We enjoyed our meeting today with the Ward 5 residents. If you happened to have missed the meeting or simply wish to share the FAQ Sheet with your neighbors, friends and family feel free to share! Thanks.
GOVERNMENT OF THE DISTRICT OF COLUMBIA DEPARTMENT OF GENERAL SERVICESBrookland/Turkey Thicket Frequently Asked Questions Group 2Traffic Study 1. When is the traffic study going to be completed? How will it be factored into the site selection? Will it take into account other nearby projects and population factors? The traffic study concluded right before the March 23 community meeting and its findings are now being placed into an official report. Initially, the study finds no substantial difference in traffic impact whether the school is placed on Michigan or 10th streets. The study is coordinated with the District’s Department of Transportation (DDOT) to take into account other ongoing projects and population projections. Once the building footprint is finalized, DGS and the architects will work closely with DDOT’s Safe to Schools Coordinator to determine the best possible access to the school for vehicles and pedestrians.Middle School Data/Need 2. What is the urgency in building a new Ward 5 middle school in Brookland by August 2014? In March 2012, after an extensive public engagement process, DC Public Schools (DCPS) announced three (3) new middle school configurations. Families in Ward 5 made it clear they wanted alternatives to education campuses (EC) which host K – 8th grade and traditionally have small middle grades populations. In the past three years, the ECs that are planned to feed into Brookland MS have experienced an average of a 17% decline in the 6-8-grade student population. As well, with an ideal middle grades enrollment of 300 in an EC, the quality seat gap currently averages above 200 in these schools. In our effort to develop higher quality middle grade options for the Ward, we committed to building two standalone middle schools. McKinley MS will be launched in SY13-14 and Brookland MS will be delayed a year to open in SY14-15 to allow additional time to construct a new building. Brookland Middle School will afford the opportunity to grow a student population akin to a traditional middle school and with it will come the requisite resources that support rigorous offerings (i.e. credit-bearing courses such as Algebra I, world languages, and electives). 1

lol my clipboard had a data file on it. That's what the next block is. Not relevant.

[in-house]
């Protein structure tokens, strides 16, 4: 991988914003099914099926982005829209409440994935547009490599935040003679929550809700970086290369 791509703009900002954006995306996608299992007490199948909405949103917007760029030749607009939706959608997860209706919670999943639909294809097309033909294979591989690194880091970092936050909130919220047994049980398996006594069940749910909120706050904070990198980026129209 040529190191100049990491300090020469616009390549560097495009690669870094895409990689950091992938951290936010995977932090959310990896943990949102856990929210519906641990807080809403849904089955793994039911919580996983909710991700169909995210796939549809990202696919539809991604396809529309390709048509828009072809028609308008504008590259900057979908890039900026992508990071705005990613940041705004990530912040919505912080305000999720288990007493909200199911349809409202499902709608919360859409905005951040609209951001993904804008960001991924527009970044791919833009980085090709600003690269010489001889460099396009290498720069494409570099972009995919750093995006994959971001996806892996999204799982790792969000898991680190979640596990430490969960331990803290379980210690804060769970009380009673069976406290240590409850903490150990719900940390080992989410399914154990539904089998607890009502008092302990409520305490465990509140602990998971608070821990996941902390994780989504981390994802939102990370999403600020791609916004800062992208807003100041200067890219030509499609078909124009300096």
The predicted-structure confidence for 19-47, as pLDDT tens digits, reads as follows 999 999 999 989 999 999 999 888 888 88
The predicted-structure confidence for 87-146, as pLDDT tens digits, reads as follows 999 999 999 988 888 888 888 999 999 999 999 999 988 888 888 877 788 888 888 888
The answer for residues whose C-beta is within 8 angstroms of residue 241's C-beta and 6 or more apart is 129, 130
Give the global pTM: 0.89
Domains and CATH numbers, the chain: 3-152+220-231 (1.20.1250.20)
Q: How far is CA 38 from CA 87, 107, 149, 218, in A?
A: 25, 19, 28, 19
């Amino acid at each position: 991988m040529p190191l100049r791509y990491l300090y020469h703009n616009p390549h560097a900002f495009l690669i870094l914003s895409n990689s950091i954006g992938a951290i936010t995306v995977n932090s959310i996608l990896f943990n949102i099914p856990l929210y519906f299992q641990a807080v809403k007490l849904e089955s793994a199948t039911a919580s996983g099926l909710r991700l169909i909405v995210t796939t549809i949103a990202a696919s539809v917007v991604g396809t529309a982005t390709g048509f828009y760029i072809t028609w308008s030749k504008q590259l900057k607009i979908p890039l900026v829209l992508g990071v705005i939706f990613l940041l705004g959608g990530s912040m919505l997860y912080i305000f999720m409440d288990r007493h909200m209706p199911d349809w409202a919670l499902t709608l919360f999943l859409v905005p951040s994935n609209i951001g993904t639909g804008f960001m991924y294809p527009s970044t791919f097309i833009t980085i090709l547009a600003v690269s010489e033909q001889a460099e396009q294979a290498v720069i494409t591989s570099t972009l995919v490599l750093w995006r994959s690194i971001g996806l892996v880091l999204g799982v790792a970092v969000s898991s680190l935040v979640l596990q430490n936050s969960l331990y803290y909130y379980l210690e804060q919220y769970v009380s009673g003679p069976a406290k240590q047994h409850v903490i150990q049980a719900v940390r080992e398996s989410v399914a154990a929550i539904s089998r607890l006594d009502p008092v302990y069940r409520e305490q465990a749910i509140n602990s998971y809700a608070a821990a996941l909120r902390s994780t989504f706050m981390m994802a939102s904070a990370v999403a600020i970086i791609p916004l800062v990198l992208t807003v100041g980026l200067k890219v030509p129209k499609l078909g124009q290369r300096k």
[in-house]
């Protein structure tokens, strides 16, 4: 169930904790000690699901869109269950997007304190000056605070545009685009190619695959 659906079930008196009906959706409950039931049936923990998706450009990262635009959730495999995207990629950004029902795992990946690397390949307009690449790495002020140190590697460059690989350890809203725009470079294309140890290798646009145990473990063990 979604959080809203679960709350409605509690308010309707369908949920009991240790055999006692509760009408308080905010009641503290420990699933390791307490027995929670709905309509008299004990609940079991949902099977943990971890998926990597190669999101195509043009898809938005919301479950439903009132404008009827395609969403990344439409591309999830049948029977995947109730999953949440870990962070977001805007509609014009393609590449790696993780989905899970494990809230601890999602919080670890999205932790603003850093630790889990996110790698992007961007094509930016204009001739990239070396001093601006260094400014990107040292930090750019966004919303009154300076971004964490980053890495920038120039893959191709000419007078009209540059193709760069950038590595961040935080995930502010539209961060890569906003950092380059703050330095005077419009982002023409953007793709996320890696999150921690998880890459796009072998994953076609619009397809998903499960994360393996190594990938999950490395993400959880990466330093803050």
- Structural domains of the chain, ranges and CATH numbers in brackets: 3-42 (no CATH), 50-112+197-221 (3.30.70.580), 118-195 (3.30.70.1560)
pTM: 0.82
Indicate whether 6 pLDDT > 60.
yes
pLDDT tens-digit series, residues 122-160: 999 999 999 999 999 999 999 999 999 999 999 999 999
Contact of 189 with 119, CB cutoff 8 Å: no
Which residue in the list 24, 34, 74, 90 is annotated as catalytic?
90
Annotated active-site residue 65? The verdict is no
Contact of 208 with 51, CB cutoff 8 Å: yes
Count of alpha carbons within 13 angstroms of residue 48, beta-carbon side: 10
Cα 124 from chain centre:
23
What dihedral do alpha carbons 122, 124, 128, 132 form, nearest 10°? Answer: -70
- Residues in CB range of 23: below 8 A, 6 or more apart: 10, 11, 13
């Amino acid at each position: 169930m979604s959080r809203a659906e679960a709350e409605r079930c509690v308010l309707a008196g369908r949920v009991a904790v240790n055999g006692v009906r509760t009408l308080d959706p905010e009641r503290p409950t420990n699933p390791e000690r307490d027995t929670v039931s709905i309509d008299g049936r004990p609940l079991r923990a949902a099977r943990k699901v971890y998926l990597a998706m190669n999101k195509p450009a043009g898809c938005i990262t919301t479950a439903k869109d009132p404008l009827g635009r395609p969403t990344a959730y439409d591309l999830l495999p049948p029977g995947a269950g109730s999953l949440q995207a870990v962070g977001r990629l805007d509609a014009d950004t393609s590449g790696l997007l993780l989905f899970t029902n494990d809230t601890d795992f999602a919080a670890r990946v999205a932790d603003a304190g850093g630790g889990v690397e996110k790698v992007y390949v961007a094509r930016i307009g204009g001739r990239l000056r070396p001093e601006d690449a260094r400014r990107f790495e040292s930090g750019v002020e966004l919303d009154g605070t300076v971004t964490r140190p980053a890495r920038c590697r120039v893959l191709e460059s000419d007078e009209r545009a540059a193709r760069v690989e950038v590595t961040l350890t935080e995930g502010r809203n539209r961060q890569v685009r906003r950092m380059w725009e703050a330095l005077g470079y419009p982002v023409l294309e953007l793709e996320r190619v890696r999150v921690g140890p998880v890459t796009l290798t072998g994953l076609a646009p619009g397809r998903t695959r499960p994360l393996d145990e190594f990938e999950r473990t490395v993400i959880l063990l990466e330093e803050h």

GOVERNMENT OF THE DISTRICT OF COLUMBIA DEPARTMENT OF GENERAL SERVICESSchool Siting 3. Does the Brookland/Turkey Thicket development mean that the funds already set aside for Turkey Thicket could be used for some work at Taft-level tennis courts, expanded playground area, bathrooms, etc.? The funds allocated for the Brookland/Turkey Thicket project will go towards projects on the site of Brookland Middle School and Turkey Thickey Recreation Center. 4. Could the District demolish the existing Brookland ES and retrofit Shaed ES with the $50 million budget to fit a middle school because it has 3 levels, a gym, a cafeteria, and fields? The Shaed EC property was not considered for a new middle school, as the property is not large enough to host a modern day middle school. Additionally, it is an open plan school, which requires additional funds to renovate. 5. If the new school were not on the site of the existing school, it would be 3 stories all the way around. Correct? Does this make sense? A middle school of this size would likely be 2 or 3 stories tall, depending on existing site conditions. The height is also likely to vary since some parts of the school (ie: gym) may be only one story that is very tall. 6. The school building in the close-to-the-gas-station (south point) option seems to take up much more ground-space than the two options near the existing school building. a. Is that because the southport building will have more facilities? b. Will it be only two-stories high, instead of three, and, therefore, have a larger "footprint"? c. Or is there some other reason it is presented with a larger footprint? The school was situated as shown to make the best use of the land available given the existing site constraints of this approach, namely the way 10th and Michigan meet in a “corner” fashion and the location of the Recreation Center building. The school would have the same square footage and facilities as the other options. 2